The “father of French tragedy,” Pierre Corneille was born on June 6, 1606 in Rouen. His father was a prominent lawyer and Pierre was supposed to follow in his footsteps. Fortunately for French theatre, Corneille was a disaster as a lawyer. His first plays were warmly received, so he moved to Paris to pursue his calling. His greatest play is considered to be Le Cid. Corneille broke new ground with what he called a “tragicomedy.” The innovation ran afoul of Cardinal Richelieu and his newly founded Académie Française. Corneille rounded on his critics with a poem in which he praised his own genius and attacked the lineage of his opponents. The great dramatic crime? Corneille broke the rule of the Three Unities: all of the action has to take place in a single day, be about a single conflict, and happen in a single place. The Académie declared Le Cid to be unworthy of serious consideration.
A discouraged Corneille returned to Rouen to lick his wounds. He dedicated his next play, Horace, to Richelieu and decided to pay more attention to the Unities. He even re-worked Le Cid to make it less objectionable to the purists and started publishing it as a “tragedy.” Corneille didn’t entirely give in to his critics, however; he published Three Discourses on Dramatic Poetry in which he argued that, while the Unities were important, they shouldn’t be adhered to so rigidly that all creativity was stifled.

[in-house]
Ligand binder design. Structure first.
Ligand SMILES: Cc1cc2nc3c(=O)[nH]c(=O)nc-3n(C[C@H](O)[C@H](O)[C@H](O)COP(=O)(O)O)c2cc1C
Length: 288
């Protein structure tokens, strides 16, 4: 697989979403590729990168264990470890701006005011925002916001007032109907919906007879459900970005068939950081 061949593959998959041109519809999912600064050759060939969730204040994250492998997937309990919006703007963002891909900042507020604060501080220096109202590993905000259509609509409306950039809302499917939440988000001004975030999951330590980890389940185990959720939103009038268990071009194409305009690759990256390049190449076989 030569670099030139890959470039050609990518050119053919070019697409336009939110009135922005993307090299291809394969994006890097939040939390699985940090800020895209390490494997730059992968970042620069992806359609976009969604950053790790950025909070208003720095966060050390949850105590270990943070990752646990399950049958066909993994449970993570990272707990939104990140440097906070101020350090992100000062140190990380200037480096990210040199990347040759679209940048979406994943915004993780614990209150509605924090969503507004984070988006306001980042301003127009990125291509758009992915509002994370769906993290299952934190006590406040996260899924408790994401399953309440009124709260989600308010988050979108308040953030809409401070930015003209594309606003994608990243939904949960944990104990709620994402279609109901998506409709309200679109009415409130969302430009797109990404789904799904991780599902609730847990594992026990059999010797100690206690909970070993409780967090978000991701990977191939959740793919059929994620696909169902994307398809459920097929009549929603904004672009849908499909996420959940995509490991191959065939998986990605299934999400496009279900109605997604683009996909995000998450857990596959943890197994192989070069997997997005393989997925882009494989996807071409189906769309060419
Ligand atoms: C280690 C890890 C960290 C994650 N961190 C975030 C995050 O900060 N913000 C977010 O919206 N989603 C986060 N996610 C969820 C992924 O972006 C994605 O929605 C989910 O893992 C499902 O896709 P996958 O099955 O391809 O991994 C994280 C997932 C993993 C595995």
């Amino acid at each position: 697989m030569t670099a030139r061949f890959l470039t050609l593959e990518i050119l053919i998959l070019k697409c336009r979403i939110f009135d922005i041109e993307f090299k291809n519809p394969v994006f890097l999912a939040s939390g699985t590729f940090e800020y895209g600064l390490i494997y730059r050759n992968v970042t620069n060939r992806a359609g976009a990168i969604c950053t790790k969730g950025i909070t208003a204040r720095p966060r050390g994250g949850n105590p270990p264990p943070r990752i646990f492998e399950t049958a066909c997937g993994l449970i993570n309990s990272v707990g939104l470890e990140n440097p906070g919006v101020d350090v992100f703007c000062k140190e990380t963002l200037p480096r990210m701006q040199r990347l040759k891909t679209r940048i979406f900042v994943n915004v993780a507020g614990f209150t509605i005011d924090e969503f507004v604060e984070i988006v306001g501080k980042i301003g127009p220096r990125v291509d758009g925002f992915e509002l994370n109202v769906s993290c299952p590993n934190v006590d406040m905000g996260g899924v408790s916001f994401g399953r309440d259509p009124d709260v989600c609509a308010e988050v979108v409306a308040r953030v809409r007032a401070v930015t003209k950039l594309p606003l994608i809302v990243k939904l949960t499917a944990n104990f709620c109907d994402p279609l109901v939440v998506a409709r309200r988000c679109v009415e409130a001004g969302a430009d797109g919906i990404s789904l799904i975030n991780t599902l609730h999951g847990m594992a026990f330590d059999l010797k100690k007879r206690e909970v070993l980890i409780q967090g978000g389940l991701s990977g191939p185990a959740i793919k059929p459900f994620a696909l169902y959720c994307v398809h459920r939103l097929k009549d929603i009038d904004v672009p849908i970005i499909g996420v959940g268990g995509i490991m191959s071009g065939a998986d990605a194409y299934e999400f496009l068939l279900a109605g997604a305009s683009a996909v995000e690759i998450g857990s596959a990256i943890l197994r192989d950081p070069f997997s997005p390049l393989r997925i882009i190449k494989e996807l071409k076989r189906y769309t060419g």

One of the most famous lines from Corneille’s most famous play is “ma plus douce espérence est de perdre l’espoir” (mah ploo doose es-pair-anse eh duh perdruh lespwar), which means “my sweetest hope is to lose hope.” Corneille didn’t lose hope despite the opposition from Richelieu. He wrote almost 40 major works over his career, but none achieved the enduring fame of Le Cid. The Académie Française elected him to a seat in 1647, which I suppose is a sign of forgiveness. Corneille died on October 1, 1684.